Blogging, Red Meat, and Reasoned Debate
Still, only faulting Michele isn’t really fair. I believe she’s the most frequently read conservative politics only blogger. Things like that happen for a reason. What it ultimately speaks to is the current state of blogs, blogging and blog readers as a whole.
We can do trash TV one better, be sure and tune in. Unfortunately, as long as the more strident voices are also the most popular on the Left and Right, blogging in general will never amount to much as regards a broader more mainstream readership.
The problem is that if the alleged debate is always going to be framed with anger and sensationalist pleas to emotion, in the end, you’ll get back the same thing. It’s a food fight all around and ultimately serves no good purpose for politics as a whole. That is, unless one is all about firing up the base at any cost.
Ezra Klein takes a similar tack, albeit from the left, in his post on the issue:
I know I’m not supposed to, but I pity Michelle Malkin. Really, I do. Punditry is a game of incentives, encouragement, luck. You write a hundred articles before striking paydirt with one. That zeitgeisty dispatch activates an eruption of applause and adulation, so you try to repeat it. Soon enough, you’ve got a niche, a style, a persona. The lucky ones, among whom I include myself, find their path opening towards responsible, serious commentary. The sort of articles that allow us to wake up, yawn, look in the mirror, and feel good about what we see. And then there are the unlucky ones, the Michelle Malkins, who achieve acceptance through hatred and venom, and find themselves groping down the darkest path to political success.
Malkin has created an identity of outrage, she trades in hate because she proved unable to achieve recognition for anything more elevated.
To begin with, I disagree with Klein and Riehl–and, indeed, my co-blogger Steve Verdon–on the nature of Malkin’s blogging style. While I frequently disagree with her, I consider her the best blogger in the game today. She has a unique voice, posts frequently, does original reporting, leads the way on stories several times a week, and has always understood and followed the strange and nuanced ettiquette of the Blogosphere, including frequently linking others.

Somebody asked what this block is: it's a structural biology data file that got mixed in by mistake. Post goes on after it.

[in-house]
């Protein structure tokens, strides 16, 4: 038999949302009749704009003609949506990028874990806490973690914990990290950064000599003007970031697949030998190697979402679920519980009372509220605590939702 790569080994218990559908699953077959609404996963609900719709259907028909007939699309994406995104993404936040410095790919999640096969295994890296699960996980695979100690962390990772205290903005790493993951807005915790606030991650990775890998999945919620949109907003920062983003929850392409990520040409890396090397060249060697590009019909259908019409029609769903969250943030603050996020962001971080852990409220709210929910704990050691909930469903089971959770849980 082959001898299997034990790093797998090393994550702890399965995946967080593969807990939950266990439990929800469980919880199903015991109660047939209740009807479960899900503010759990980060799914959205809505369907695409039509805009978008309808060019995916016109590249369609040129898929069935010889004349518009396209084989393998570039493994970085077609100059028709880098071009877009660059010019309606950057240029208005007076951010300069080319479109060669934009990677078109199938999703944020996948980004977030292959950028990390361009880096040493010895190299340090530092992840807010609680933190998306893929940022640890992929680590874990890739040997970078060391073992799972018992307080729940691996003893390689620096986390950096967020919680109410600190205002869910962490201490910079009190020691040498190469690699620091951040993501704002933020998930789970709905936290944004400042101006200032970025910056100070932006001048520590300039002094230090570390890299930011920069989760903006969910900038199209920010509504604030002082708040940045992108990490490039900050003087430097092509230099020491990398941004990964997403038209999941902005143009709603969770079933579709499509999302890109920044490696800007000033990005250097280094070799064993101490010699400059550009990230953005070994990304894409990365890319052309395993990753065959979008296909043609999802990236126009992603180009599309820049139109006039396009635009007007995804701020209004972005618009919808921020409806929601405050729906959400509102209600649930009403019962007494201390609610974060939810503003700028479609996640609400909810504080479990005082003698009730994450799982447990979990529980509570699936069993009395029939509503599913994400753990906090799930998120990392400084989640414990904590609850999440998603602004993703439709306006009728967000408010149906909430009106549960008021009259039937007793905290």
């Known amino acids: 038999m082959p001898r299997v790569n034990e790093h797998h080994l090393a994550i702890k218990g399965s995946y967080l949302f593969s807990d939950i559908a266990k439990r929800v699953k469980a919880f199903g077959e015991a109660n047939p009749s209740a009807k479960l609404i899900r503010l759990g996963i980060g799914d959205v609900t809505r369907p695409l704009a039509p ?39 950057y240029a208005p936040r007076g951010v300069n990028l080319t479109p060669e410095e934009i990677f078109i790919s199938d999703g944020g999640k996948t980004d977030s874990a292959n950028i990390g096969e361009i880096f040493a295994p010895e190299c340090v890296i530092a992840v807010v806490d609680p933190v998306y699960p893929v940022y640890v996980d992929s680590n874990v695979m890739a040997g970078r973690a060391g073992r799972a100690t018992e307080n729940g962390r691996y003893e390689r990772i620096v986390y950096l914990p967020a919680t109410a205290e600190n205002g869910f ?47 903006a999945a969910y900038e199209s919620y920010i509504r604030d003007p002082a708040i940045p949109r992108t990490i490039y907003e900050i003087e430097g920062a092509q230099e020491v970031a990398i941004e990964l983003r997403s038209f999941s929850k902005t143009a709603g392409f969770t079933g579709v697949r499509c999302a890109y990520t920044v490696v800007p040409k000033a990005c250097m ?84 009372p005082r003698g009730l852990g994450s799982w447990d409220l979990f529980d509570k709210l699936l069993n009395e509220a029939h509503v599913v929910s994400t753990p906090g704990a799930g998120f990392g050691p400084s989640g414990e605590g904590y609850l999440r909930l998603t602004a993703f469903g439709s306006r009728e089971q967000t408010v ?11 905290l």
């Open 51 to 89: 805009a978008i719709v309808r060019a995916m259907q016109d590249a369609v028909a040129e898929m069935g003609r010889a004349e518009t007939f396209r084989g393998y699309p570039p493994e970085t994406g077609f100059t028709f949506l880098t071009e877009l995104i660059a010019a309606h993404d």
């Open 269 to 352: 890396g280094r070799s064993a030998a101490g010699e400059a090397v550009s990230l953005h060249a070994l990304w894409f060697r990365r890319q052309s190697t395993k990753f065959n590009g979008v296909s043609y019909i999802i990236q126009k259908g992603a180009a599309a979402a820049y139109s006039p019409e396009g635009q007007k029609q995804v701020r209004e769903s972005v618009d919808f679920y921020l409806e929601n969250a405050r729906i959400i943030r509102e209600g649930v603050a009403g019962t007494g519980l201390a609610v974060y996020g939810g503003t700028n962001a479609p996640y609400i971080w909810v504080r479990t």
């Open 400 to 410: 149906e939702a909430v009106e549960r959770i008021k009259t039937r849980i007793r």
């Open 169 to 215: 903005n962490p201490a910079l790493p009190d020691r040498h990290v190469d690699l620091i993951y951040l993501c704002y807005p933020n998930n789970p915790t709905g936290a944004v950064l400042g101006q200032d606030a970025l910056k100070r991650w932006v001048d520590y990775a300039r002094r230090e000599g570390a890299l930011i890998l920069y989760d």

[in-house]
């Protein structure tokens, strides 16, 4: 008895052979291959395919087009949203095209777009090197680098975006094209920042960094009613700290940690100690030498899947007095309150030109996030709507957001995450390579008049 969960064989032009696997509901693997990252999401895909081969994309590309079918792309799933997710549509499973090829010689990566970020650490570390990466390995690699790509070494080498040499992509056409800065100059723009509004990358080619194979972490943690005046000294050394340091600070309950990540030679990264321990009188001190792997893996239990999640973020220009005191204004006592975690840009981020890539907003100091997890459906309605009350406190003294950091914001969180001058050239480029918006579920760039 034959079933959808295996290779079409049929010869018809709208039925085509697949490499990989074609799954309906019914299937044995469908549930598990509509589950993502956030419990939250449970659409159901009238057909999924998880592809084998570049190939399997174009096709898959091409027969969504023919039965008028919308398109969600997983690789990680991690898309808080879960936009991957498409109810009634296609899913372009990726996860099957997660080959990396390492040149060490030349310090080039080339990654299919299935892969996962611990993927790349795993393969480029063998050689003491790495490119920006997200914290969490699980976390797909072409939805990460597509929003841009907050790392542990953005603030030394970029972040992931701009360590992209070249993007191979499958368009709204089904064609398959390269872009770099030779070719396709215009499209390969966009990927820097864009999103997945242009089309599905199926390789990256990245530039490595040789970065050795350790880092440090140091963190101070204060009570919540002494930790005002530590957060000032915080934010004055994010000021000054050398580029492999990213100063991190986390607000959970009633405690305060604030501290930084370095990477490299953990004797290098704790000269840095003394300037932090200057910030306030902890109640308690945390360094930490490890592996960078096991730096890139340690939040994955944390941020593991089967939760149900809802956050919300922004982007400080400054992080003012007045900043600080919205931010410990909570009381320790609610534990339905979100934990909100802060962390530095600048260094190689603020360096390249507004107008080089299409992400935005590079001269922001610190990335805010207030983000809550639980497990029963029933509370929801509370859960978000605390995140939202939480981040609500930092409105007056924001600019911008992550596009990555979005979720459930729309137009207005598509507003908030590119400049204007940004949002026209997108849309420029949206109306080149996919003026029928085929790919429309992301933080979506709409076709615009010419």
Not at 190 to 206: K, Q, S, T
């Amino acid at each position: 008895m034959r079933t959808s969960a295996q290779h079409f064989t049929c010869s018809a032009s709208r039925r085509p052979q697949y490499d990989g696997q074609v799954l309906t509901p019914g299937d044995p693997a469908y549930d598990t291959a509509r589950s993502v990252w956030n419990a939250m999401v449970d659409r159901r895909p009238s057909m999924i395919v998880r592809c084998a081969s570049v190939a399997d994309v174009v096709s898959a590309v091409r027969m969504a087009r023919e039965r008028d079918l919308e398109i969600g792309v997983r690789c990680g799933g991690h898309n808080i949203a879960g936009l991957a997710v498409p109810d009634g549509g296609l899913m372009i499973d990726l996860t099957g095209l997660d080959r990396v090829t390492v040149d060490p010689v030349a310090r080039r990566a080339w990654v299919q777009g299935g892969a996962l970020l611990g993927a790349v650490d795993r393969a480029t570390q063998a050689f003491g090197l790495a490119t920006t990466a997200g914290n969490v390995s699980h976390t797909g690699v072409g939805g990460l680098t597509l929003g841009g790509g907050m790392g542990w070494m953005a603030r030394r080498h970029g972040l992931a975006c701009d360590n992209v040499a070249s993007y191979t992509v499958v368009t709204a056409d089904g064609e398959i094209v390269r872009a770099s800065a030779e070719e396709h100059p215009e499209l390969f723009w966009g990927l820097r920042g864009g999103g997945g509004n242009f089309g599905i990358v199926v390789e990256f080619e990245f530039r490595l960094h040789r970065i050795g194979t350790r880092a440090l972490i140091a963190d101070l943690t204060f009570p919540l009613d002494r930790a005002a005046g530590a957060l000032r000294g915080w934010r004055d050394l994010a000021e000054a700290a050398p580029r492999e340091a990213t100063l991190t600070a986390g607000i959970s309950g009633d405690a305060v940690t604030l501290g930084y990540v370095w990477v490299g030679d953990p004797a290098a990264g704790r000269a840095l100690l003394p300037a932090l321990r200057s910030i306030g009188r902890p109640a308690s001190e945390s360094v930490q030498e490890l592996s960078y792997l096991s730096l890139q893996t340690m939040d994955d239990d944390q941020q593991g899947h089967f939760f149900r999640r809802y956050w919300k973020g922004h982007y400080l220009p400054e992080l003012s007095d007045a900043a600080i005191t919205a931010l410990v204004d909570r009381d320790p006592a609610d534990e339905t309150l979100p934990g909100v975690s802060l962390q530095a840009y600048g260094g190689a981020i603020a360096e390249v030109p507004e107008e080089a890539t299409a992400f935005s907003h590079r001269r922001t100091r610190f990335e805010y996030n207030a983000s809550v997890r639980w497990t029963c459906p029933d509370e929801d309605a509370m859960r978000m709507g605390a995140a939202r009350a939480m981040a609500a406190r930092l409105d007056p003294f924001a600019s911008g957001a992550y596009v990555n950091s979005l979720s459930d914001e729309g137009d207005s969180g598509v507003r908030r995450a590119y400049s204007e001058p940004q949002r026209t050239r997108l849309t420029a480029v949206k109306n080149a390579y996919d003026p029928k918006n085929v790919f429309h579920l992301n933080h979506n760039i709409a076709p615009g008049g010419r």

Klein is right that Malkin has “a niche, a style, a persona” but that doesn’t strike me as a bad thing. Is she, as Riehl charges, “strident”? Sometimes, especially on a few hot button issues that she is especially attuned to, notably the illegal alien/Reconquista/culture debate and terrorism/Islamofascism. While it’s an exaggeration to say, as Dan does in a comment on the earlier thread, “Everything is Moonbat this, unhinged that,” there’s undeniably a lot of that.
It’s also true that those who are hotly ideological and throw red meat out to the partisans, including ridiculing those on the other side, tend to attract a more rabid following that those who treat punditry as an academic colloquy. There is a reason Ann Coulter, Bill O’Reilly, Rush Limbaugh, Al Franken, and others who fit that profile are at the top of the business.
It’s true in the blogosphere as well. To varying degrees, DailyKos, Little Green Footballs, Huffington Post, Eschaton, Crooks and Liars, AMERICAblog, Firedoglake, and Smirking Chimp thrive as controversialists. Their readership consists almost entirely of rabid partisans who agree with the host(s) and people on the other side who follow links (usually to the most rabid and controversial posts) for the purposes of getting angry.
Still, there’s plenty of room at the top for bloggers who take a calmer view. Volokh Conspiracy and Crooked Timber have done quite well by maintaining, for the most part, an intellectual tone, they are rarities among the high traffic sites. While critics might disagree, Glenn Reynolds, Andrew Sullivan, Kevin Drum, and Josh Marshall are generally quite reasonable in their tone. In the middle range of bloggers, say, those getting between 5000 and 10,000 unique visitors a day, there are too many to list, although it would include Klein, this particular post notwithstanding.
Malkin is somewhere in between those groups, depending on the issue. She’s neither part of the lunatic fringe nor likely to win over a lot of people that didn’t basically agree with her to begin with. I suspect, however, that she’s quite content to get the word out about the things that get her juices going every day to 125,000-175,000 readers.